John Waters: The Trump administration had proposed eliminating funding for long-distance Amtrak passenger service. Amtrak stops a few blocks from here. What are your thoughts on Amtrak and this infrastructure?

Gina Ortiz Jones: Connectivity, digital or physical is important. The only reason someone would support [discontinuing Amtrak service] is if they’ve never been out here to see how critical that linkage is. I think it is necessary.

John Waters: What are the two top issues that confront this district?

Gina Ortiz Jones: As we’ve travelled the district and heard from voters, one issue that comes up consistently is health care. Access to quality healthcare is an issue, in a number of ways. Now, it sounds different in San Antonio than [it does] in Uvalde, or Crystal City, or when we are visiting one of the clinics, in Presidio. Access to quality health care: do they have access to services they need? In rural Texas, it is the tyranny of distance — getting there — and then, potentially being challenged to attain the services you need.

 

In no small part, student debt has also come up as an issue, as another crosscutting issue. In Eagle Pass, we were just meeting with folks and [their student debt] it’s crippling. It’s nearly three times now than what is was when they originally took out the loan. And [some do] not have the economic opportunities to pay back that loan. For others, feeling trapped in their job that they would really prefer not to be in, only because they need healthcare. The intersections between economic opportunity and healthcare are something we need to grapple with. One in ten kids in this country goes to school in Texas, so we also have to look at our public education system. How do we prepare kids for the next generation of economic opportunities without saddling them with this crippling debt? That’s not a rocket science problem; that’s a math problem. A little bit of moral courage, and we can solve that one.

John Waters: The Trump administration is cutting funding to the National Park Service, your thoughts?

Gina Ortiz Jones: Our parks are our natural treasure — we should treat them as such. We should protect them. I know the Trump administration has some relationships that are unsavory and their intentions on what they are doing with our national treasures are very concerning. I would be an advocate to protect these things for ourselves, and for our future generations.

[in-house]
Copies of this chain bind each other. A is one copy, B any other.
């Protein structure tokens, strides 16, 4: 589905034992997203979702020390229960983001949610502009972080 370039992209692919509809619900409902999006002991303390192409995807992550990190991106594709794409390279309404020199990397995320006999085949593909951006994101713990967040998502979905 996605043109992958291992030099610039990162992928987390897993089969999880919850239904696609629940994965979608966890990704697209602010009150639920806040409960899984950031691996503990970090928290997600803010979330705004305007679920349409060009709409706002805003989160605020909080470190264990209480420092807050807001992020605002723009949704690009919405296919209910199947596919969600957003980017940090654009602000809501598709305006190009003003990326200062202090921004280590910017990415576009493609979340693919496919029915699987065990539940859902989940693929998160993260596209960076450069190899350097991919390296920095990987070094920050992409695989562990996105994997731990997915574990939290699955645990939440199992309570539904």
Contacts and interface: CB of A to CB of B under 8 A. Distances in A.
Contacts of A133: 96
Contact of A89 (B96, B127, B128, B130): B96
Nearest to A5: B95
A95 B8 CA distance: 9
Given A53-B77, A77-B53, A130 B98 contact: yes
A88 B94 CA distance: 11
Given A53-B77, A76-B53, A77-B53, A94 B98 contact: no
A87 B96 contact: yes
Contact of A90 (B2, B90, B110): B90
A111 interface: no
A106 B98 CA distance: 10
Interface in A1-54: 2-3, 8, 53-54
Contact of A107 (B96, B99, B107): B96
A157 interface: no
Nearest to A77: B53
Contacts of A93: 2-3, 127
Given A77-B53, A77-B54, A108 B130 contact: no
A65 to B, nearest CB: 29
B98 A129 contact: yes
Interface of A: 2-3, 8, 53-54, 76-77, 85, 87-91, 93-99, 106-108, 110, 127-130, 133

John Waters: Assuming you get elected, day one, what would your priority be?

Gina Ortiz Jones: The priorities have always been advocating for healthcare, advocating for equitable economic opportunities, certainly for this district and for this state — thinking about investing in public education. Again, when I mentioned one in ten kids in this country goes to school in Texas, we have to be thinking in light of what is coming out of this Department of Education. And in light of what’s coming out of Austin, how do we ensure setting up our kids for success? I think that really starts with investing more in early childhood education to help level the playing field. With this administration though, it’s really quite volatile, so it will be interesting to see January 2019 what we’re actually up against. Hopefully, he will not have Twittered us into some war.

John Waters: Any final thoughts or comments?

Gina Ortiz Jones: Some people say, “You could mathematically win this if you just focused on San Antonio.” But, look: I was raised by a single mother. I know what it’s like to feel you don’t have access to the opportunities that some others may have. So it’s not in my DNA to leave people behind or to not ensure I’m hearing all sides of the story. As a good public servant, it would be ridiculous to focus on just a handful of folks. You have to get the entire story and that ensures that you represent everybody in District 23. And I look forward to doing that.